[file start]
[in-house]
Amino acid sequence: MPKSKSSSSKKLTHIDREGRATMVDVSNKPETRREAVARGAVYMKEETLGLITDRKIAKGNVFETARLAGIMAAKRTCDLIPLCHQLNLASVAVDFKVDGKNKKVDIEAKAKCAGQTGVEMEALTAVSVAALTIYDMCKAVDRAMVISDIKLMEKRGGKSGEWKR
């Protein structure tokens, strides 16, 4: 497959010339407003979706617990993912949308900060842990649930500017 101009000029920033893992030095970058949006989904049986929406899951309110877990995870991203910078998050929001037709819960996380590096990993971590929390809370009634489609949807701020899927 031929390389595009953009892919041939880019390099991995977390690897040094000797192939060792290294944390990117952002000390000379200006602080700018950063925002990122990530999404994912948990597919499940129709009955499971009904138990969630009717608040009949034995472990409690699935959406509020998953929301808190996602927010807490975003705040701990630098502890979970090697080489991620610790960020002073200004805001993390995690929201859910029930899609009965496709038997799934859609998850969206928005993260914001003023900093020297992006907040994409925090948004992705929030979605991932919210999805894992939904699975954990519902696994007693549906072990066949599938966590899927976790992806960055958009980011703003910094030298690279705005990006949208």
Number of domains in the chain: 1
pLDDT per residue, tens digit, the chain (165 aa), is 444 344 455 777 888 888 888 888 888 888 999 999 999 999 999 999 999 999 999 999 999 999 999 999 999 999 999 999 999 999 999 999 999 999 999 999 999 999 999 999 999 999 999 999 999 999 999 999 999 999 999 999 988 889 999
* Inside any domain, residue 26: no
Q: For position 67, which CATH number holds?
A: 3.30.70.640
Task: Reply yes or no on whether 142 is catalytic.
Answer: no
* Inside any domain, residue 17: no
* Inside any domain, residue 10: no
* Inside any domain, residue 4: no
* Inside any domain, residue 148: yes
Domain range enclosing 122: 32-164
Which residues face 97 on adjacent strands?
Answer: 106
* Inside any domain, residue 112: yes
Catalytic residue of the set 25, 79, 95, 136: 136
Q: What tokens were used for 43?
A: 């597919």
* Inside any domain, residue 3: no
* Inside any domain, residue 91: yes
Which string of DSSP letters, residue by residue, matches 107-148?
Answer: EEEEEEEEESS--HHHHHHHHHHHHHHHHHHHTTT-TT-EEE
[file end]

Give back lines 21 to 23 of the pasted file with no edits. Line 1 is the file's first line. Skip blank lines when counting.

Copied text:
A: 């597919």
* Inside any domain, residue 3: no
* Inside any domain, residue 91: yes